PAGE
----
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How many of you use OpenGL / DirectX directly as opposed to

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middleware such as OpenSceneGraph and why? Personally I don't particularly enjoy graphics and GUI programming ... I find them to be really mundane tasks and I'd love to have as much of this boring (to me anyway) work taken off my shoulders as possible, which is why I utilize higher-level libraries where ever possible. I much prefer the designing data structures / algorithms stage of writing an application. Hell, if it was somehow possible, I'd be perfectly happy with just pressing a button and having some magical tool write all my GUI code for me without me ever having touch a single line of GUI-related code. :)

I'm still seeing a lot of people use OpenGL and DirectX directly, though, without any off-the-shelf high-level library, and I'm wondering why. Is it performance concerns? Do people find high-level libraries too restrictive, too much bother somehow? Or is ir just that people enjoy writing games from scratch, i.e. doing it all by themselves without any help in the form of code written by others?

I'm admittedly not particularly experienced in the field of grpahics programming, so maybe my perception is even completely wrong ...

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I, for one use pure openGL.

Why? I find it easy to use. It would take longer to learn to use a lib that simply write the stuff again. Okay, I reuse a lot of code, so basically I have my own "library".

I learned openGL before libs, so I guess I'm just used to it.

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I use OpenGL directly too, but then, I am not writing a game, I am writing an engine. I don't possess artistic skills to make good art for a game (even placeholder quality), so I am making my small 3D engine, adding some new effects every few days :)

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I use DirectX through choice however I always wrap this into my own API

I guess this is because I have far more interest in writing engines than games.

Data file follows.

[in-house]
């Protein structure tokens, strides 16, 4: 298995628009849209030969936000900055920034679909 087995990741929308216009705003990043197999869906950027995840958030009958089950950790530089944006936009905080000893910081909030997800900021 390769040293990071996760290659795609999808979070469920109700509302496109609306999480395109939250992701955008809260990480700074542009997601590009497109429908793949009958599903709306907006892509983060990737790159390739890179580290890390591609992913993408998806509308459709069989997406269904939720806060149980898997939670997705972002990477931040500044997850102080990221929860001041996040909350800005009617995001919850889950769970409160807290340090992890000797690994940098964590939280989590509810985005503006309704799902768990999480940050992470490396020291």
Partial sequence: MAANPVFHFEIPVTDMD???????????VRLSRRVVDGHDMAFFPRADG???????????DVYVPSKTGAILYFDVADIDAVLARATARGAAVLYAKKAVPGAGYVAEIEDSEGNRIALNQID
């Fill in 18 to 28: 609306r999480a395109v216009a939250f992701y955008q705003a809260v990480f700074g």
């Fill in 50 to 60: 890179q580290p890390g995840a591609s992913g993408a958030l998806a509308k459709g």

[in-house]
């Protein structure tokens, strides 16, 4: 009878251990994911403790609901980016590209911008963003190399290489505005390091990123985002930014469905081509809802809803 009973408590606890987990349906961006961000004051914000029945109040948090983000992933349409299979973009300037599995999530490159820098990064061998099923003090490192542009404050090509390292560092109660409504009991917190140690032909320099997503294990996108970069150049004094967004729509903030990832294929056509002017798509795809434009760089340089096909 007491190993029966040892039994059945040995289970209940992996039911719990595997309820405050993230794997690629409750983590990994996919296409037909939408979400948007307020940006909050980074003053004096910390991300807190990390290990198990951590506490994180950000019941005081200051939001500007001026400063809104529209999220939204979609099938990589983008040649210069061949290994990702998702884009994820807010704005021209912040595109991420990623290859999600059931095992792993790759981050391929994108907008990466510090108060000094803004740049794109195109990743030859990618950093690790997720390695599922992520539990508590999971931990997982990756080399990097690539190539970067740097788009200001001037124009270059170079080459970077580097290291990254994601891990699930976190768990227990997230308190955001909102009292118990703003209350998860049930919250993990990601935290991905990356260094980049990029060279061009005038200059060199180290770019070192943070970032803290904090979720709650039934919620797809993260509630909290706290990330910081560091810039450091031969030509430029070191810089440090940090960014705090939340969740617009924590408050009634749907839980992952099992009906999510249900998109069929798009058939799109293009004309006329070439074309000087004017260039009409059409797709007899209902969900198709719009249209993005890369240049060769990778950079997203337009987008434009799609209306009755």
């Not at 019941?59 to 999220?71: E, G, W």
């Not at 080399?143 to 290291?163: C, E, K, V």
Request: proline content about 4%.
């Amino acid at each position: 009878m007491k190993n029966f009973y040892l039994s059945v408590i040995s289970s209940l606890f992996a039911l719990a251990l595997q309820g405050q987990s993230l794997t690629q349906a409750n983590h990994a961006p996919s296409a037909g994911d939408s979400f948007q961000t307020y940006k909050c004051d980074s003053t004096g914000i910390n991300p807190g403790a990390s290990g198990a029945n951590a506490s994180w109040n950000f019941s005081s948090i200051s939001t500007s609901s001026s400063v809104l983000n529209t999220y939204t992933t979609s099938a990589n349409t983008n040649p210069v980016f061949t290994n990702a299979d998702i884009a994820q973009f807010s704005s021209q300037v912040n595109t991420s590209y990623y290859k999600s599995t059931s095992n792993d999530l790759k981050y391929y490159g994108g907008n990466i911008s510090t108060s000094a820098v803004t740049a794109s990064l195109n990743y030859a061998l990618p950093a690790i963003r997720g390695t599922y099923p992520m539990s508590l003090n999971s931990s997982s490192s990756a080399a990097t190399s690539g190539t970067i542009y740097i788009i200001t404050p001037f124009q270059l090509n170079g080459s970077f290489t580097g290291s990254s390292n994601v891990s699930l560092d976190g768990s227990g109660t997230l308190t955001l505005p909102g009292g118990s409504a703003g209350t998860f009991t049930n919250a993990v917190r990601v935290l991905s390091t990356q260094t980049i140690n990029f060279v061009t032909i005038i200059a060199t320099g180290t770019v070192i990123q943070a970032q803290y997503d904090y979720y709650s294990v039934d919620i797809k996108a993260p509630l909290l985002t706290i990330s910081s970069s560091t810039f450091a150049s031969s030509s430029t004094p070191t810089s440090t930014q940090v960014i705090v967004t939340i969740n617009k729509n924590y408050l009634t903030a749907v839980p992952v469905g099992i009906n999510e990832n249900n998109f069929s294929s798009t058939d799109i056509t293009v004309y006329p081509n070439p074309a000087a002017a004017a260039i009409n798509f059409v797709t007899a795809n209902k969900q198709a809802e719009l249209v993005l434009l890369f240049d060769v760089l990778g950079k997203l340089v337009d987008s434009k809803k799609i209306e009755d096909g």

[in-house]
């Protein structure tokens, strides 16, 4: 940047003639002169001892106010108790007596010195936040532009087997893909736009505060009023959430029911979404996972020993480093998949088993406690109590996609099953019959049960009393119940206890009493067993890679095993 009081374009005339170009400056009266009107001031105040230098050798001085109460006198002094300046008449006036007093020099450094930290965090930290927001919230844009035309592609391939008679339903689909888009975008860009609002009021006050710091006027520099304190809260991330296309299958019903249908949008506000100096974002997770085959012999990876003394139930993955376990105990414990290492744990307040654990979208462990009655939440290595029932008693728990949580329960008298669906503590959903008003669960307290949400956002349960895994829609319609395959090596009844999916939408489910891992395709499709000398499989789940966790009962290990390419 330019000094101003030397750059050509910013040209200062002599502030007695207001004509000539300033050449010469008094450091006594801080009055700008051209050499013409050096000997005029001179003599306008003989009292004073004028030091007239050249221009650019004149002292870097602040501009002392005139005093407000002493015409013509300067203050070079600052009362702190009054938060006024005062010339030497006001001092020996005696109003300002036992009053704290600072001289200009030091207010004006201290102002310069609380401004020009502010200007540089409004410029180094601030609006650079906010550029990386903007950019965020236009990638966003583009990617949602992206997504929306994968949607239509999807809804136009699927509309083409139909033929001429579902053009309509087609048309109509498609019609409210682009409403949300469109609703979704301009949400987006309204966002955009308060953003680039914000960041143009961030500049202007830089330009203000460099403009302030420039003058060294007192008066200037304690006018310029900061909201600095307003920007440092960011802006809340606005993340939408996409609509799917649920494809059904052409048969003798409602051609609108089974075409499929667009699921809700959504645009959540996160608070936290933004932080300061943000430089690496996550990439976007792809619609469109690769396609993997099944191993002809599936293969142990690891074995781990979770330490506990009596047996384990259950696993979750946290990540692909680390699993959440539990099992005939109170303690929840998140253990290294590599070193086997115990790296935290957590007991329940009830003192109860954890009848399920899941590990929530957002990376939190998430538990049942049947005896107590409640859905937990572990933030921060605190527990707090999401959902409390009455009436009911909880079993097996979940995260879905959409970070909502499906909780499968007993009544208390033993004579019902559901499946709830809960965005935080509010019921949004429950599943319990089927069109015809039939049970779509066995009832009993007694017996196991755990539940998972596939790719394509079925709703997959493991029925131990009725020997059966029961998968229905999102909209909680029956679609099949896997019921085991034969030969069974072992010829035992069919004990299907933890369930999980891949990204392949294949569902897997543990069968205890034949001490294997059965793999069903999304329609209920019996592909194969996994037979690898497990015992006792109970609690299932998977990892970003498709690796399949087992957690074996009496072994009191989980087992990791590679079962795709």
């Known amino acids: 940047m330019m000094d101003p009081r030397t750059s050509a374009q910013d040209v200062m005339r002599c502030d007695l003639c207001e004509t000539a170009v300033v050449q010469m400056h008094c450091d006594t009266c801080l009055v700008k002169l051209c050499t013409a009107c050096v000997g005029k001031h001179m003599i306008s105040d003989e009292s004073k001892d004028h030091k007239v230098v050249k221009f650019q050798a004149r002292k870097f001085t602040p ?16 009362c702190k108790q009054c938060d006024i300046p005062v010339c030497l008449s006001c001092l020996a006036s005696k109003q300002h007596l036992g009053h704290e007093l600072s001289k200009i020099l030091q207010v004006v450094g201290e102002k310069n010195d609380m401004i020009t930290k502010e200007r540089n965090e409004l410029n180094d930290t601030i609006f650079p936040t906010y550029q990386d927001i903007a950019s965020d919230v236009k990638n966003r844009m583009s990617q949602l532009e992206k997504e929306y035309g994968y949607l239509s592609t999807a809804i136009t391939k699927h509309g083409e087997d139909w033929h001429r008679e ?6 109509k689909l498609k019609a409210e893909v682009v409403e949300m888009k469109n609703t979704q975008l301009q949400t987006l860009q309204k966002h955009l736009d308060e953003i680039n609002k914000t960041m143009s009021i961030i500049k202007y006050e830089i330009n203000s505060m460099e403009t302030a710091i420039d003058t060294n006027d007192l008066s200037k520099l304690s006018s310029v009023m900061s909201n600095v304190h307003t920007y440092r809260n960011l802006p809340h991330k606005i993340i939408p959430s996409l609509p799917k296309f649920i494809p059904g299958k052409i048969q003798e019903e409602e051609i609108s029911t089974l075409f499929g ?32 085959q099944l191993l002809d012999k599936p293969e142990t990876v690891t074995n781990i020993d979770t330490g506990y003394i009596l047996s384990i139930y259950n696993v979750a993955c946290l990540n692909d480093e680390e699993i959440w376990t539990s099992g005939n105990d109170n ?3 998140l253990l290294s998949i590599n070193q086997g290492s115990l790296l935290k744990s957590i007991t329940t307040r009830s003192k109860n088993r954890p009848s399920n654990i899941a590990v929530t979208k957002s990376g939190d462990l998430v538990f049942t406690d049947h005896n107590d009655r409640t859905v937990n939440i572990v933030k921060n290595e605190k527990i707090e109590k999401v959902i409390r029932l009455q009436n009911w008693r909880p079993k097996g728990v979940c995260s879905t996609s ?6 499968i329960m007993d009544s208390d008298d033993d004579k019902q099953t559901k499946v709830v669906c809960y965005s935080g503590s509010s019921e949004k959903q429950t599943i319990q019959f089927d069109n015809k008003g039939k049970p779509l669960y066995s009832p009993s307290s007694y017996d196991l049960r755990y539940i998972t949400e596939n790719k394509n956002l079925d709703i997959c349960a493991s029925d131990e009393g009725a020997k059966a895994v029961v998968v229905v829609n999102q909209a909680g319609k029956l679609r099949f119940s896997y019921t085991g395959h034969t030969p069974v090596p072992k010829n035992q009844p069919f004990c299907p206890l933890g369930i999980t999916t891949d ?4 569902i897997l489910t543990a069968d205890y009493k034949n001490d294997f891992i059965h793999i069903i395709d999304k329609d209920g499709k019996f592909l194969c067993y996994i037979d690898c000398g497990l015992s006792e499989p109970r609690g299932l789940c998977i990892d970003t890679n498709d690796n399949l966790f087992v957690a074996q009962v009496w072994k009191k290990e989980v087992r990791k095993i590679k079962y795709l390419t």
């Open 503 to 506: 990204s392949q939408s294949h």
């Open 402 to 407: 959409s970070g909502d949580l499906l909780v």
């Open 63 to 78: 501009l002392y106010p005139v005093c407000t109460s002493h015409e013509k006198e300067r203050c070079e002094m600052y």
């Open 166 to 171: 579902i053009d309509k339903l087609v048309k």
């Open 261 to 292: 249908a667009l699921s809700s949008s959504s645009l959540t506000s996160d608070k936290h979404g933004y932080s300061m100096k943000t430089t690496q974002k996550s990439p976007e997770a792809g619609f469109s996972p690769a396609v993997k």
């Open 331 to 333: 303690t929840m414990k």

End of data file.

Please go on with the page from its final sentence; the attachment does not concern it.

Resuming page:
If I were writing games as a hobby I would almost certainly use Ogre

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For me it depends what my goal is/what I'm trying to achieve. If my goal is a close to finished 3D game, with all sorts of features then I'll use a game engine, but if I want to make just a small game and preferably 2D I'll use only OpenGL. Also I'll use OpenGL if (not really game related) want to do something graphics related that there is no need for an endless amount of features, just a small project. Now I would definitely consider myself still a beginner with OpenGL, but still I find myself using it most of the time like with what i said above. Lastly one major factor is what platform I'm developing the application for.

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I usually use them directly, because I'm always experimenting with new approaches and because the mechanics of writing GL/D3D code to do task X are trivially accomplished at this point. It might be time "wasted" compared to picking up middleware but I've been working on such short schedules that the long-term benefits of learning a middleware package don't really pan out.

Lately, I've been trying out data-oriented design based approaches to rendering. I don't know any free middleware graphics engines that do this -- OSG's approach to rendering is idiotic and OGRE's is naive.

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I don't use any outside middleware, but I did write my own engine for handling things such as model skinning, scene graph, etc. So in one sense I use OpenGL directly when I'm in "engine coding mode", but when I'm writing the actual game logic, I never see it because I have it abstracted. I like working this way because it allows me to mess with the hardware more directly when I feel like it and not mess with the hardware when I don't.

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Quote:
Original post by Promit -- OSG's approach to rendering is idiotic and OGRE's is naive.



Oh? Can you elaborate on that one? Especially with regard to OSG. I'm planning to use it heavily in my next program (a tool to analyze the comparative performance of 2 or more flight sim players). Is there anything I should watch out for?

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I use OpenGL directly, though I've written numerous utility classes and some resource wrappers. I don't try to hide the underlying OpenGL layer though, and directly call many OpenGL functions. At the same time though, I'm writing a script-driven scenegraph to allow less technical users of the platform to make content. A mix is good and allows flexibility. I guess it's kind of like using C++ with inline assembly in that you can do a mix of high and low level, as opposed to programming in Flash.

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